Investing in the future of parks, open space and connections has been a constant theme of the work Issaquah has planned for 2019. Now the city has begun a large planning project for Tibbetts Valley Park, Veterans Memorial Park and the Issaquah Creek Corridor.
Parks director Jeff Watling said the city has begun developing master plans for the three major city parks in an effort to reinvest in existing city property rather than expanding. The city will be working with architecture consultant firm Mithun to develop the plans.
“What we heard from the community, one was a real interest in improving our existing parks, improving their use, functionality to address the really diverse needs of our residents,” he said. “We also heard… a long held desire for connecting our parks and spaces so they are not seen as isolated. With those two things in mind we are initiating master plans in all three of these parks, the prominent role they have played really made all three a high priority.”
Tibbetts Valley Park will play an important role in the future as it sits at the edge of the central Issaquah, a sub-area of the city planned for long term growth. Watling said the planning work will look at the diversity of possible uses as well as maximizing field space and field functionality for year-round, multi-sport use.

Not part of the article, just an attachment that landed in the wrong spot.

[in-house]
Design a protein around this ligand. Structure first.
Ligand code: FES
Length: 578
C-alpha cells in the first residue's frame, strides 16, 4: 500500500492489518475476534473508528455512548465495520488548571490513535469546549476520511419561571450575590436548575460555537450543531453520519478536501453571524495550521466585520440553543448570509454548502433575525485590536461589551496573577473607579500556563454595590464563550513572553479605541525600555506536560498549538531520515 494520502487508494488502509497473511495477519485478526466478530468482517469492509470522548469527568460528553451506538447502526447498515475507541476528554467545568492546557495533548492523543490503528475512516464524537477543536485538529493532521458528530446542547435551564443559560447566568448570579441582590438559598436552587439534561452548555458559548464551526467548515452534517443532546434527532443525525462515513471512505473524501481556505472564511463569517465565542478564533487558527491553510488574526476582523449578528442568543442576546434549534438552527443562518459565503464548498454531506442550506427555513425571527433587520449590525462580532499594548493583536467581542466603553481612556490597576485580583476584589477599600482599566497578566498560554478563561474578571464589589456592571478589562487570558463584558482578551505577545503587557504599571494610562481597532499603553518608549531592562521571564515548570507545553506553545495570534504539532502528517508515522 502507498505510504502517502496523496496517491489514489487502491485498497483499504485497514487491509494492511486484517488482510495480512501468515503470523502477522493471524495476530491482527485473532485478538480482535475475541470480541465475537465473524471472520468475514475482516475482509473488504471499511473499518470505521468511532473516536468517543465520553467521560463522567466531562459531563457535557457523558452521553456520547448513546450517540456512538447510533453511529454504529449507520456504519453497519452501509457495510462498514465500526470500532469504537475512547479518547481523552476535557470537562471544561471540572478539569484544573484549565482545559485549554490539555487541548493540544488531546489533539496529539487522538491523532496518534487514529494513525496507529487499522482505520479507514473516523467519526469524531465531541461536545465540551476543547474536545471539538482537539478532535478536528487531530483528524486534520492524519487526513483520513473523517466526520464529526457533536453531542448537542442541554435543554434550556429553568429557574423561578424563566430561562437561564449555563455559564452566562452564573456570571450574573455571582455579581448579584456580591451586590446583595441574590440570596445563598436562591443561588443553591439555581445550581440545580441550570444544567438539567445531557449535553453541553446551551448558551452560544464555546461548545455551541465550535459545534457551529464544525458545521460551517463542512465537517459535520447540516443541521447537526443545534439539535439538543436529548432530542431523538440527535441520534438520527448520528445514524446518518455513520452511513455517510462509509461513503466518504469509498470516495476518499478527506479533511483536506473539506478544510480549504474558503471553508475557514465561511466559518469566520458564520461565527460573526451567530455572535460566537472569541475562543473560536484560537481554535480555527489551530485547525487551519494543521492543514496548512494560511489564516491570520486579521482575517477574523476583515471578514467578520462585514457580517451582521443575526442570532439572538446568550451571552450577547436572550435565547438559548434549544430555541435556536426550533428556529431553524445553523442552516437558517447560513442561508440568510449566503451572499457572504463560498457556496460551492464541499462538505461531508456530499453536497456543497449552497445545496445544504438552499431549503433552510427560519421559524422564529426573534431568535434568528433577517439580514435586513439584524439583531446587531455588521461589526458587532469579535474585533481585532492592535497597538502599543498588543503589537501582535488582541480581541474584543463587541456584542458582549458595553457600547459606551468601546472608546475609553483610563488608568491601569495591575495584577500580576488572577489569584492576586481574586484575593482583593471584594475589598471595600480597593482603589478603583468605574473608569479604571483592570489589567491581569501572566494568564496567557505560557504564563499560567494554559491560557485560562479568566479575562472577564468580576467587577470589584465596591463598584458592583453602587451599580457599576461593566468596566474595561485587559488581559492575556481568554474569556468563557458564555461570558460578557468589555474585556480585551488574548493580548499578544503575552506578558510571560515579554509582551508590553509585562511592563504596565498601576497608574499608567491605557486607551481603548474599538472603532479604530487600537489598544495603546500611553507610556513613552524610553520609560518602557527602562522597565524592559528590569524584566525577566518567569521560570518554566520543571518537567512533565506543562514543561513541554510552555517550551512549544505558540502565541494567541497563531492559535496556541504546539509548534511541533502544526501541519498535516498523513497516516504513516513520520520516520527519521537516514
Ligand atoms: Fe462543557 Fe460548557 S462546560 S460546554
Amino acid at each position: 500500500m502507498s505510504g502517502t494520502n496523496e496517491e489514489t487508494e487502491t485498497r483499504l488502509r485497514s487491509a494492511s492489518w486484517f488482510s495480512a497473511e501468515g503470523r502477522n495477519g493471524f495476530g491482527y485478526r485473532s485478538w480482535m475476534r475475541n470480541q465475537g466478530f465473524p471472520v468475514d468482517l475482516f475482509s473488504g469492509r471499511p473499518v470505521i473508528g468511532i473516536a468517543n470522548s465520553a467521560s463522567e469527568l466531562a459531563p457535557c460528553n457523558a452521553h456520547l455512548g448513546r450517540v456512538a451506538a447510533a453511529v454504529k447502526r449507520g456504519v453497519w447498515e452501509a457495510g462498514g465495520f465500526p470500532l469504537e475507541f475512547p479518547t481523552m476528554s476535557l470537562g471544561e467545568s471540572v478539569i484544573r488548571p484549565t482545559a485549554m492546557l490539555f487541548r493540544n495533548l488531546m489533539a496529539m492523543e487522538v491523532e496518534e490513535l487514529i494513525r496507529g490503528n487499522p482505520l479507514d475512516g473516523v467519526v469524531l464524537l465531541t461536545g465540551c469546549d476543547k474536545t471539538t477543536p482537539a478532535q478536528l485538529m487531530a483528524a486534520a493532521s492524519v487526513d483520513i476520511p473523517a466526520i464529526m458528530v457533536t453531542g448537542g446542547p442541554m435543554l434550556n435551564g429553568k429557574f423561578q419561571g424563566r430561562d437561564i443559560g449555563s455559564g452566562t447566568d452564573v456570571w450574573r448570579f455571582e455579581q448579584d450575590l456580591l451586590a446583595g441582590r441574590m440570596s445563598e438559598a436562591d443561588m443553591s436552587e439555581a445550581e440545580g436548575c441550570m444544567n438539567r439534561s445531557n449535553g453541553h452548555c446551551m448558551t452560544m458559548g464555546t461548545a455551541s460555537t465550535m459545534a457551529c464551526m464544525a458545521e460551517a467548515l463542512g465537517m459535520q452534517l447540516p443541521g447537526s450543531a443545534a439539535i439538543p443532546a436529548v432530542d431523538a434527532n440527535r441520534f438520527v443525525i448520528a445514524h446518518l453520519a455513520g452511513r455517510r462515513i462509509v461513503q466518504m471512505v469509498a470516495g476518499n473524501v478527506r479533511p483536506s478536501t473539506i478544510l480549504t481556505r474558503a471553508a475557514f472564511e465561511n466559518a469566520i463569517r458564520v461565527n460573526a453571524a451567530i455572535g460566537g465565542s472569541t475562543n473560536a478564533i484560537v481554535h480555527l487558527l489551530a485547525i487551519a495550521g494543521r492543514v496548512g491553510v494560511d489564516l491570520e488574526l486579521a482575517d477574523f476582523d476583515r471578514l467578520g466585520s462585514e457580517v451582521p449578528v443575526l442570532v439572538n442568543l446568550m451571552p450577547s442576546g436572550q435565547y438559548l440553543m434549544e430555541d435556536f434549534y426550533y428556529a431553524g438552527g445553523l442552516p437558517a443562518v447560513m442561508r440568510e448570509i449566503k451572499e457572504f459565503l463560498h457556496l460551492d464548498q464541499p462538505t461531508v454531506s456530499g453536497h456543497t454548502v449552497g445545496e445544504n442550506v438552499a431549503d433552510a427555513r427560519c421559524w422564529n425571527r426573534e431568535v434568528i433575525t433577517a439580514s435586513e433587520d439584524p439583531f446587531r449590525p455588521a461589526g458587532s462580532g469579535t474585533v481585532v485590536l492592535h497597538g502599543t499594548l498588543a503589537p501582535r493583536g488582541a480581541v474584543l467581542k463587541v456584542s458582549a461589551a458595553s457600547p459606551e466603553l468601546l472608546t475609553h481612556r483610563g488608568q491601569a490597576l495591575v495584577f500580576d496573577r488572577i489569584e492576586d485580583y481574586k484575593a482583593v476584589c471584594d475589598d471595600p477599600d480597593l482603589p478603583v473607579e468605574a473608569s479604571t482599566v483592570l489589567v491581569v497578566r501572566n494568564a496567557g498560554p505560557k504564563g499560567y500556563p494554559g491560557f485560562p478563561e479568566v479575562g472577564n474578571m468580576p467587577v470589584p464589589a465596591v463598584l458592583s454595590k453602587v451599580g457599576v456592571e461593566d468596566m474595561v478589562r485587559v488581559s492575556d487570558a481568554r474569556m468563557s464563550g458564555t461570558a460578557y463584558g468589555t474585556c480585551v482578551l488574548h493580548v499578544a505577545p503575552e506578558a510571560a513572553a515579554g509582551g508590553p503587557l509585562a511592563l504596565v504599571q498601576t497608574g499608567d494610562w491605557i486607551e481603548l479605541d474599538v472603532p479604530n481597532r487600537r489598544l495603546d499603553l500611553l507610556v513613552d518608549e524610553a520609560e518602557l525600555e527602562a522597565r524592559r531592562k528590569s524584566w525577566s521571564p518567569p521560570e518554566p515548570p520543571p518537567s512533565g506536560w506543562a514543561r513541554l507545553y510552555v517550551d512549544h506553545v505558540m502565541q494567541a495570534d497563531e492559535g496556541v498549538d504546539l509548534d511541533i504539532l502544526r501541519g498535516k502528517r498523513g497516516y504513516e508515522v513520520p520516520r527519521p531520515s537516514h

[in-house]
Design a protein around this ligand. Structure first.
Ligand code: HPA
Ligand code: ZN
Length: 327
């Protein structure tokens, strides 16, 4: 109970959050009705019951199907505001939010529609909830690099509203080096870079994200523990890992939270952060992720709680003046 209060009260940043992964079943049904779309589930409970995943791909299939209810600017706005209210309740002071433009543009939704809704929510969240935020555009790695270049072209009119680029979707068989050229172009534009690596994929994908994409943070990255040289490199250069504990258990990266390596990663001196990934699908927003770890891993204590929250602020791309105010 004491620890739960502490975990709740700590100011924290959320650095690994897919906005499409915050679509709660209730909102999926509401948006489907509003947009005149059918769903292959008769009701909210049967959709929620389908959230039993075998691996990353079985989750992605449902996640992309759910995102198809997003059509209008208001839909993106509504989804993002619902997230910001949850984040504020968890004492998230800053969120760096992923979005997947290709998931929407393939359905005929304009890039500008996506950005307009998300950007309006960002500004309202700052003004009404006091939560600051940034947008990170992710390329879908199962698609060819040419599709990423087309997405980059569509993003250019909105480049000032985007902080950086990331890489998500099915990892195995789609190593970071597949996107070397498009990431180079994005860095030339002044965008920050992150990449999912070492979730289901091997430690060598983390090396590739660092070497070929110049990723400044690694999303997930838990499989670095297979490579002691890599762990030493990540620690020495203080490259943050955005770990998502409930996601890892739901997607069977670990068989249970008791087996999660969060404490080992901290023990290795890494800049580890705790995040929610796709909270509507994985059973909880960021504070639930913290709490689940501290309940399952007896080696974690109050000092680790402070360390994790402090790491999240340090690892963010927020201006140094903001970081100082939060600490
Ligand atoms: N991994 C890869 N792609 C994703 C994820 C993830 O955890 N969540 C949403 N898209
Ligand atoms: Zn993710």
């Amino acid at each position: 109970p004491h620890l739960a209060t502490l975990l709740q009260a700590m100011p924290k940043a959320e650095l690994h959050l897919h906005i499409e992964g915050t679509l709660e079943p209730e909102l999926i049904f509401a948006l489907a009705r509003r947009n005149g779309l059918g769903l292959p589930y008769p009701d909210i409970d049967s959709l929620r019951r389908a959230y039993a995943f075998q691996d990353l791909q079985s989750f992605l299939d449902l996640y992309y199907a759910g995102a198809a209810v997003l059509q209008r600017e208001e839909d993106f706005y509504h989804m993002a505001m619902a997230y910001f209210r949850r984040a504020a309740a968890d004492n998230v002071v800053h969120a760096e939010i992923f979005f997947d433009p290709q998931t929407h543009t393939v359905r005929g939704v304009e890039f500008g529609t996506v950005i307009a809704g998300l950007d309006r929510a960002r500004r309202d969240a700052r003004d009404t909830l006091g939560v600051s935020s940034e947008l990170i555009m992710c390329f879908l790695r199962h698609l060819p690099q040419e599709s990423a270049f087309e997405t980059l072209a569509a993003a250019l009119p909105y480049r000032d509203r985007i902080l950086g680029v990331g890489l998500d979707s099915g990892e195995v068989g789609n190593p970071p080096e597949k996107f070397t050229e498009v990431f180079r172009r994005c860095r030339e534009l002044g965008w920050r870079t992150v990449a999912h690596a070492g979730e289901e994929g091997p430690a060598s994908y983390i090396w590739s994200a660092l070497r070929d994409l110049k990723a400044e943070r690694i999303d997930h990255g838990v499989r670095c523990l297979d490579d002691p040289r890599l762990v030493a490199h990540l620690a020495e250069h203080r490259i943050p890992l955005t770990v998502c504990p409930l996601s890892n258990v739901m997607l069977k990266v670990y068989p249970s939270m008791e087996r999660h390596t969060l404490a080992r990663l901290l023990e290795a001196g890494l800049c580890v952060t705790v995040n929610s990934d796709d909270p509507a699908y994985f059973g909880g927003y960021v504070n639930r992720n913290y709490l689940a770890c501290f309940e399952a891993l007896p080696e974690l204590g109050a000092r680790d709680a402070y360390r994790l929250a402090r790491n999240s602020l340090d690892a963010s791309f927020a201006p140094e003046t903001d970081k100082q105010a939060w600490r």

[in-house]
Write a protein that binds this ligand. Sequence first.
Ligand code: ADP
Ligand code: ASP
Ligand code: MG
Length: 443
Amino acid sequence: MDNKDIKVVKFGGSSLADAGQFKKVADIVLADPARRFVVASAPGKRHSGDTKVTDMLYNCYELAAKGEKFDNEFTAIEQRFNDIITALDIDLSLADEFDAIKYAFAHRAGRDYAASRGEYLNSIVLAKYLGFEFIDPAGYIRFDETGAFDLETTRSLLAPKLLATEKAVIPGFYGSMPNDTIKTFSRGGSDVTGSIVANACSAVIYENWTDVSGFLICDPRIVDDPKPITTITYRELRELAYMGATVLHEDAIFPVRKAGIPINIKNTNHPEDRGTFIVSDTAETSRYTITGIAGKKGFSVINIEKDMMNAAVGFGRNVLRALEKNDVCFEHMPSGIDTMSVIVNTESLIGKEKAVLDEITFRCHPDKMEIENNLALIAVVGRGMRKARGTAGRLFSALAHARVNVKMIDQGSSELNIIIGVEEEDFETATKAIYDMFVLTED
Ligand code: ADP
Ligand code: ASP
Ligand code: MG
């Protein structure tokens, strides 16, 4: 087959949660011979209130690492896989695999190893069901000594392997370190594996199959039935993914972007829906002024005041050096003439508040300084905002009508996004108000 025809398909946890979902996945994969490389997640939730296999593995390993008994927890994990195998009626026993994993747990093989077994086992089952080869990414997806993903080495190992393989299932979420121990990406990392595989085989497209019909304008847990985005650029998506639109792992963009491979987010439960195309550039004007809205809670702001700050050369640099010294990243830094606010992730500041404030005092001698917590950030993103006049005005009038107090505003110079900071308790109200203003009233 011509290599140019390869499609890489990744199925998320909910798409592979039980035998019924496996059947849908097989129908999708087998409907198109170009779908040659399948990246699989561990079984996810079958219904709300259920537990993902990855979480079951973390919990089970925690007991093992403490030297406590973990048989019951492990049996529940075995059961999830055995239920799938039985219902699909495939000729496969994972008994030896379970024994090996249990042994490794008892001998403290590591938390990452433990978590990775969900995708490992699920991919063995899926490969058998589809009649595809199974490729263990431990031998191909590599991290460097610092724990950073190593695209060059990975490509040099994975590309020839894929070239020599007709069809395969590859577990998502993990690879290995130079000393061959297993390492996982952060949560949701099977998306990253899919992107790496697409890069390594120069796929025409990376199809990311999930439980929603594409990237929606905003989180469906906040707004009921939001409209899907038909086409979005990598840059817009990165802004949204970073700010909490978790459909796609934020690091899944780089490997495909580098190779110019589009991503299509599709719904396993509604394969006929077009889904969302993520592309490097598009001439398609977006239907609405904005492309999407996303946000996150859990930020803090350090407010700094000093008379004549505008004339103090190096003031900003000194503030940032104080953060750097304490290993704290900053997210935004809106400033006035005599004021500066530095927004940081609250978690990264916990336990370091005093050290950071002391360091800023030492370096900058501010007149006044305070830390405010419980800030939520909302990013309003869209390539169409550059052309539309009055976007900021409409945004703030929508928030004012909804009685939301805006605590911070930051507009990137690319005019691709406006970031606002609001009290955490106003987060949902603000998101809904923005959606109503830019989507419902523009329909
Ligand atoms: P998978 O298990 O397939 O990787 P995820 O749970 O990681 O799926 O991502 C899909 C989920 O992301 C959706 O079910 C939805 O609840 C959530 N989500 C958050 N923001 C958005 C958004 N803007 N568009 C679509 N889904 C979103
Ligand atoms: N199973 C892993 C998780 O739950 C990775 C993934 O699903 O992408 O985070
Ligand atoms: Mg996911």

The Veterans Memorial Park Master Plan will actually cover the three adjacent parks in the Olde Town area. A unified plan for Veterans Memorial Park, Depot Park, and Pedestrian Park will be formed to support both the resident and commercial needs of the area.
While Tibbetts Valley Park and Veterans Memorial Park are stand alone locations, the work done on the Issaquah Creek Corridor will focus on connecting the public spaces and trails that run north to south from Lake Sammamish State Park to Squak Valley Park.
The three master plans for each section create a concept for what elements are envisioned for each location. Watling said the city will be working with residents to receive opinions on what they want to see for the parks. Parks staff will attend local farmers markets to speak with residents and record their desires, interests and concerns.
The city also plans to hold meetings through August, as well as conduct an online survey in the fall.
“The goal is for this to give us, as a community, a big picture plan of what we want to do with these spaces. That would allow us the most efficient future investments that we can make into these spaces,” Watling said. “When we understand the big picture and understand what we are going for, those little investments can make wise and smart steps in the direction we want to go.”